The Originals "Long Way Back from Hell" Review: Nursing Grudges
After two weeks of spandex-clad jocks running around on ice and shouting at each other in foreign languages, it's nice to be able to return to what REALLY matters in life: Undead immortals running around New Orleans shouting at each other in high English. The Originals' taking a few weeks off was a prime example of absence making the heart grow fonder, because this week's episode was nowhere near as good as the three insta-classics that preceded it yet I did NOT care. I still had a heart bursting with love for these characters and their terrible problems and I just felt so happy to be watching it again. You know? Needed it.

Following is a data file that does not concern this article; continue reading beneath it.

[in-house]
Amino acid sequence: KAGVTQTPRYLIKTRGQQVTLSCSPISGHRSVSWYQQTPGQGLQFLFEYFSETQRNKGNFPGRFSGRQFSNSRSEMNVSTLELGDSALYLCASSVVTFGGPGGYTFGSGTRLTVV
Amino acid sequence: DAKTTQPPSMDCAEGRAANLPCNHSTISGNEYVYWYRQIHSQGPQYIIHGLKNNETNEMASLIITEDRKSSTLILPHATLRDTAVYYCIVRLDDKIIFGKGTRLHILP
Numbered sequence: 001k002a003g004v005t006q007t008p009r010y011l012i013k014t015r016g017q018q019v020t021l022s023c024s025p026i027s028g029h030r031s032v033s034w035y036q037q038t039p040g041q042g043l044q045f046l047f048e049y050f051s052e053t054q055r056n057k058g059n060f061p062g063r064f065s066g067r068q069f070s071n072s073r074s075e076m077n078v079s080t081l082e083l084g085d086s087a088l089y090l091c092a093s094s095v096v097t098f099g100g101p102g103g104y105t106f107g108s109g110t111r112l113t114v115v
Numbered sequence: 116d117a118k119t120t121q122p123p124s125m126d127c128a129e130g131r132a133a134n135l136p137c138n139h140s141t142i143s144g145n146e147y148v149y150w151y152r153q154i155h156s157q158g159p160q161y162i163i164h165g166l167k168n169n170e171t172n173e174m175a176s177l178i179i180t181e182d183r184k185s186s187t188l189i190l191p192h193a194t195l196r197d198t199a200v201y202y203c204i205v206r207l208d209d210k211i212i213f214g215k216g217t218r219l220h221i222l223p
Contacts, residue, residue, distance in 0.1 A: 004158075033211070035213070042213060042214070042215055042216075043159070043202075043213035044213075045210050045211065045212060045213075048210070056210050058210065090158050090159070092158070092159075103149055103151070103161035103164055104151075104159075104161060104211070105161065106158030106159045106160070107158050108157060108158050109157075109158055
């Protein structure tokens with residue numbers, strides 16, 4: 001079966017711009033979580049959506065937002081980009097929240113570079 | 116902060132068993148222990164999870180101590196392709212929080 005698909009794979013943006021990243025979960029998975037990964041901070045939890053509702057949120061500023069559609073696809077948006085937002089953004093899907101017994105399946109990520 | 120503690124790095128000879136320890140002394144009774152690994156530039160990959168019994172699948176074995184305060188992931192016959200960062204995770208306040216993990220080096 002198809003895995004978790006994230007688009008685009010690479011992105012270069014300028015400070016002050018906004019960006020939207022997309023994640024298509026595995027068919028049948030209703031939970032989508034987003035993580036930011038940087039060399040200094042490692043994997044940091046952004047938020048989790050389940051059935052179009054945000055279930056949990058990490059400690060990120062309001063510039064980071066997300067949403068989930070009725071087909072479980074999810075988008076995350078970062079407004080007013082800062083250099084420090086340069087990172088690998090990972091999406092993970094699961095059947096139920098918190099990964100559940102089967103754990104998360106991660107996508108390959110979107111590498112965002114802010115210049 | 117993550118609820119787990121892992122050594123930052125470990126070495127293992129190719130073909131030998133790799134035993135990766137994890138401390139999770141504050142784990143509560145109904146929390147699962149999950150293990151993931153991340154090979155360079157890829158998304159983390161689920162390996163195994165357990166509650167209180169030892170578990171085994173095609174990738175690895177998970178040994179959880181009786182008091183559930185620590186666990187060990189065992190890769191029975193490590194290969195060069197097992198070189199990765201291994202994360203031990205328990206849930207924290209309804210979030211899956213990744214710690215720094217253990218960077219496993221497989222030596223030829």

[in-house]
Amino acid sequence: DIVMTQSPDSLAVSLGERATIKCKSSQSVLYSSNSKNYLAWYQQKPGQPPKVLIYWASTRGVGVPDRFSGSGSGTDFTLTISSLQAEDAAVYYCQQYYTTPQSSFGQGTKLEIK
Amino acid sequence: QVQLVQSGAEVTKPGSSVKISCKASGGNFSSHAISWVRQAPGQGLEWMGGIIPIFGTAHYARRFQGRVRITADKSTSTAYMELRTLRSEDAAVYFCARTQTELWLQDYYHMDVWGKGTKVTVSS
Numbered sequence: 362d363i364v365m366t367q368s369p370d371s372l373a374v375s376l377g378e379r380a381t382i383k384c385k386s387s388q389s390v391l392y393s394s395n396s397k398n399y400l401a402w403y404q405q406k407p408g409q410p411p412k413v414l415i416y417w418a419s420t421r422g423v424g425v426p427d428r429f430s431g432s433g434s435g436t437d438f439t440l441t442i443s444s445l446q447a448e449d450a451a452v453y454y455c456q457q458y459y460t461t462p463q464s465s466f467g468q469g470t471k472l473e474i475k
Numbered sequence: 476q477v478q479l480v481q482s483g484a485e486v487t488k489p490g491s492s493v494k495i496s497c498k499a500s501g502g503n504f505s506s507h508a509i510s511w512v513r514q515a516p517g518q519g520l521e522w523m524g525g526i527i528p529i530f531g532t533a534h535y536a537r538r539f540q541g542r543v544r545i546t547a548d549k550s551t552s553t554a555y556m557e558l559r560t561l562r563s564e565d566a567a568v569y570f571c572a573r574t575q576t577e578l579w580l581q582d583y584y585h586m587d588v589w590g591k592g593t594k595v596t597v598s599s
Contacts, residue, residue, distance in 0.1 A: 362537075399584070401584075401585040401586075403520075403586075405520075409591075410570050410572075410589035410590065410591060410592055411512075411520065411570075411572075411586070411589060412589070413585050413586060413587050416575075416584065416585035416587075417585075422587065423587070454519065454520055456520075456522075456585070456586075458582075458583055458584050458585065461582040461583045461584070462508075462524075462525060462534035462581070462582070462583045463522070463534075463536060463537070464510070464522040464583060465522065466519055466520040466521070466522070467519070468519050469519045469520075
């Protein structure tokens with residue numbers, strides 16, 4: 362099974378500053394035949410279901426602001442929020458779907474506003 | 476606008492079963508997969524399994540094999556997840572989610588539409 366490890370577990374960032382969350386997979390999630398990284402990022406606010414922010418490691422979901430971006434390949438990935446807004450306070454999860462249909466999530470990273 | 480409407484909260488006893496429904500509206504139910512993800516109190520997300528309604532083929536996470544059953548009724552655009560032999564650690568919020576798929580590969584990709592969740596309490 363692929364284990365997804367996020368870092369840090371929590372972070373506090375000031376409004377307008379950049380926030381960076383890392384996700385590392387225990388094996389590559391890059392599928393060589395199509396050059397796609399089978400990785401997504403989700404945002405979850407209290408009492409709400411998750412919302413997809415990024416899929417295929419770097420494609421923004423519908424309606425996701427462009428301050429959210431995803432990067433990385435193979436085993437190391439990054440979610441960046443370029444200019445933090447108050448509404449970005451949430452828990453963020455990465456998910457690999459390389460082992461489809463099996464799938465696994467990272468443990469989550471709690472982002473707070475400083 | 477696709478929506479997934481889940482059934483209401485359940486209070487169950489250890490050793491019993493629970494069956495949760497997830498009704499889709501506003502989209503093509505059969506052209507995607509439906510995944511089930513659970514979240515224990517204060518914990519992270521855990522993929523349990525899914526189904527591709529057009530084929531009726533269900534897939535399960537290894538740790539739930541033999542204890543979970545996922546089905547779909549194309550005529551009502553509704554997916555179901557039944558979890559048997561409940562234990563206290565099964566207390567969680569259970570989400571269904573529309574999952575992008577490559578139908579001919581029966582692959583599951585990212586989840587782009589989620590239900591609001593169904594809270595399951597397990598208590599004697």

"Long Way Back From Hell" was just as well-acted, well-filmed, and suspenseful as we've come to expect of the series at this stage, but the fatal flaw was that it was predicated on one of The Originals' least compelling plot motivations yet: the idea that Rebekah summoning Mikael to town a hundred years prior was an unforgivable crime punishable by death. Nope! Sorry, did not buy that. I actually appreciated Genevieve's plan to turn the Mikaelsons against each other and I know that she needed to shine a spotlight on the skeletons in their respective closets in order to do it, but after one thousand years of dicking each other over I really didn't think Klaus would've batted a beautiful blonde eyelash at the revelation that his sister had half-heartedly plotted against him a hundred years prior. If anything I think he would have kinda respected her for it and then taken solace in the comfort that they were different people now and also Mikael Mikaelson was never that big of a threat to him. Sure, this episode wanted us to believe that his entrance into Old Time New Orleans nearly caused the city to burn down, but those of us who watched TVD recall Mikael's uselessness during Season 3 and his inglorious demise burning to death on Klaus' front steps like a straight-up chump. Not very intimidating! In this case Klaus should've chuckled in Genevieve's face: "So?"